The Supreme Court's decision to uphold most of the Affordable Care Act but strike the requirement that states expand their Medicaid coverage affects state governments.
That leaves Arizona lawmakers trying to figure out what's next.
State lawmakers set aside money in next year’s budget to make sure there was enough to cover the Affordable Care Act’s requirement that states offer Medicaid to more people.
Arizona’s Medicaid program is called AHCCCS and in all states Medicaid is offered only to the poorest residents.
Republican lawmakers here say it’s good Arizona won’t have to expand that program immediately.
But State Rep. Ted Vogt, R-Tucson, says the decision leaves some gray areas for state lawmakers on how much flexibility they have in providing Medicaid coverage.
“The Supreme Court said the federal government can't do that but it didn't draw the line and really mark out well where is that line of where Congress overstepped its bounds, so while I think that part of the ruling is good, it's an unanswered question,” he says.
He thinks that unanswered question will require a legal opinion to resolve.
State Rep. Anna Tovar, D-Tolleson, points out that the state can still expand its Medicaid coverage and receive some funding for that from the federal government.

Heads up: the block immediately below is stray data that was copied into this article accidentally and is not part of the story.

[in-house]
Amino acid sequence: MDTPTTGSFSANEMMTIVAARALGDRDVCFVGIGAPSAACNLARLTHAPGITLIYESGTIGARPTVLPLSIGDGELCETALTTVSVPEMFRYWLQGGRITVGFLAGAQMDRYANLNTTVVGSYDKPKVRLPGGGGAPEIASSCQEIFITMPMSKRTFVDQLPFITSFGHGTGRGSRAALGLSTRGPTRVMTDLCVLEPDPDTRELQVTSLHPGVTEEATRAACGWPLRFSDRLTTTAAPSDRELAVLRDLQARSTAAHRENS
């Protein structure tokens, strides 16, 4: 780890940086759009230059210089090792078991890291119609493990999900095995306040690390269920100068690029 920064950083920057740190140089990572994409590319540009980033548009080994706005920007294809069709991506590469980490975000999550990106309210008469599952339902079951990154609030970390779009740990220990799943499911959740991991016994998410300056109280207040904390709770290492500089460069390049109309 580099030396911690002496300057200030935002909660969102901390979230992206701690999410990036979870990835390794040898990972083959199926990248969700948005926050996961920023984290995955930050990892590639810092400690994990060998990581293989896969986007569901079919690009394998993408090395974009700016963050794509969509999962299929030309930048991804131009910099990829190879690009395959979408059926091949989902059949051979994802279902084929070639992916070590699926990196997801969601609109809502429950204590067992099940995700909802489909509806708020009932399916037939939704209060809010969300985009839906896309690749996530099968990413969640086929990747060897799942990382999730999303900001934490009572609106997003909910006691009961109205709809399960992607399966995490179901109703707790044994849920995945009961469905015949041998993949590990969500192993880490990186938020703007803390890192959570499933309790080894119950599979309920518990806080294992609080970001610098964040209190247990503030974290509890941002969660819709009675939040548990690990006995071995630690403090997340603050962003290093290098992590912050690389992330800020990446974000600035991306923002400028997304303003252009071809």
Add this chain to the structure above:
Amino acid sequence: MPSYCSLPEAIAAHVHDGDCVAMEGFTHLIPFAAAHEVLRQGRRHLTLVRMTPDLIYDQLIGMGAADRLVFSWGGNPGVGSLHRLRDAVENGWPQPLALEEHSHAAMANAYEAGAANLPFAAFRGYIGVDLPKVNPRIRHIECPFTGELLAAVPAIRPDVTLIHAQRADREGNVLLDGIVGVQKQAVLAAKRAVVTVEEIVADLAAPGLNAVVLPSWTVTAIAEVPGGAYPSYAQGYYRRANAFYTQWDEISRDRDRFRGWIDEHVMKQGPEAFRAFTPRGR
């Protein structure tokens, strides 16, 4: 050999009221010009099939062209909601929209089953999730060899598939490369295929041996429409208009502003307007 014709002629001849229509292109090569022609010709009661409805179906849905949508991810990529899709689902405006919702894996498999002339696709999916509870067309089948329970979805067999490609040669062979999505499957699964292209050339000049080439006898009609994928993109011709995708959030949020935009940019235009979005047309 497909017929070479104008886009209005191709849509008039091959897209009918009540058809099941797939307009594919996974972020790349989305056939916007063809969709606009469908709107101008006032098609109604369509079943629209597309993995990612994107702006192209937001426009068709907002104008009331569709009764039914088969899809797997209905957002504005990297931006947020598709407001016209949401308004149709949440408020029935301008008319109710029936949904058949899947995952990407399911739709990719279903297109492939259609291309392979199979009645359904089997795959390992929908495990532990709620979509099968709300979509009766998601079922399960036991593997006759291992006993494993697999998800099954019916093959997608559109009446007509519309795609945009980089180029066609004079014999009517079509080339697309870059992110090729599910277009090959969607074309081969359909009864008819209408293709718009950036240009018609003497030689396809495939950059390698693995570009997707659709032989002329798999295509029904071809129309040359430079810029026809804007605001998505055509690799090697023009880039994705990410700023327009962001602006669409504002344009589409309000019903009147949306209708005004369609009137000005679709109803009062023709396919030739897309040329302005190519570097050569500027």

“In my view, if the governor does not accept those funds, that’s definitely a step in the wrong direction for the people that need it the most," she says.
Even if Gov. Jan Brewer and state lawmakers don’t expand Medicaid to cover as many people as the Affordable Care Act was designed to include, Tovar says the court’s decision to uphold most of the health care law will still help Arizonans.
“Citizens of Arizona will still be covered and they will still get a subsidy on the exchange system,” she says, meaning the system in which the poorest residents who aren’t covered by their state’s Medicaid program can sign up to get health insurance and receive a tax credit or subsidy directly from the federal government to make it more affordable.
The nuances of the Supreme Court’s nearly 200-page ruling are many, and Vogt says it will take some time to figure out what it all means for Arizona.
”It’s really probably too early to speculate on how much the sate is going to have to do and how quickly we’re going to have to do it to comply with some of the deadlines the national, the federal health care puts on us," he says.